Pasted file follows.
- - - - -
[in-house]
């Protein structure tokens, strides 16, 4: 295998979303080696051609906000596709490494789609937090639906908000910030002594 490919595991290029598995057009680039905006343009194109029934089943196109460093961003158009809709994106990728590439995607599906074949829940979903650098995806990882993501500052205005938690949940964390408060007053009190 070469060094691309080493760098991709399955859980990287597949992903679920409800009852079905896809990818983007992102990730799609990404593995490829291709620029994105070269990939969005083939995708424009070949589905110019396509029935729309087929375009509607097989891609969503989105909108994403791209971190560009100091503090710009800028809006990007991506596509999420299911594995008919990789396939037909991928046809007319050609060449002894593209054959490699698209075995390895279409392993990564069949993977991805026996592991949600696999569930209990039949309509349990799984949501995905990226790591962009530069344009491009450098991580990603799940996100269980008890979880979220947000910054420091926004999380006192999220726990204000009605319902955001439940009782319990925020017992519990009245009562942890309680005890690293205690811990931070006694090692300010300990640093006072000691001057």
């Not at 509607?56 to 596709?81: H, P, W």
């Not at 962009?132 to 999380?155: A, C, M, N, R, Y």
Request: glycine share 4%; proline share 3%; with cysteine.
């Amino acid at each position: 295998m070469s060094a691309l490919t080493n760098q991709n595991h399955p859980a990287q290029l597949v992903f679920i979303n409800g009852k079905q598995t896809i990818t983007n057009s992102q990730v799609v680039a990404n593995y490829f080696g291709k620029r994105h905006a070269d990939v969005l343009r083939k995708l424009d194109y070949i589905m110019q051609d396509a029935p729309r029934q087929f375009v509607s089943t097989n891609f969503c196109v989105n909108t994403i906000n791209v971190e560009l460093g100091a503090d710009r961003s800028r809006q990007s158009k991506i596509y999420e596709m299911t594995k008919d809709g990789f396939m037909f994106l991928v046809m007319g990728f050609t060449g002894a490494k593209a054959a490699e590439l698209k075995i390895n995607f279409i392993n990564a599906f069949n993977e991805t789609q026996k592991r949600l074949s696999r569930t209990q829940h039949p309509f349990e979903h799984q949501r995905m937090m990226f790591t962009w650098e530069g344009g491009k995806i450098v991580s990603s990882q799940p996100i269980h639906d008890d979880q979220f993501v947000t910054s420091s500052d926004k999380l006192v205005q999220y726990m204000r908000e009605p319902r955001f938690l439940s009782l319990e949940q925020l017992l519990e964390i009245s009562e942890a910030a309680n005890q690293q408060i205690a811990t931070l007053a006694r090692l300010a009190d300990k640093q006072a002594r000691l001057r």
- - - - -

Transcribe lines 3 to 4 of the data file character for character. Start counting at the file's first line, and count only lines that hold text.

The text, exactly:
């Not at 509607?56 to 596709?81: H, P, W």
């Not at 962009?132 to 999380?155: A, C, M, N, R, Y």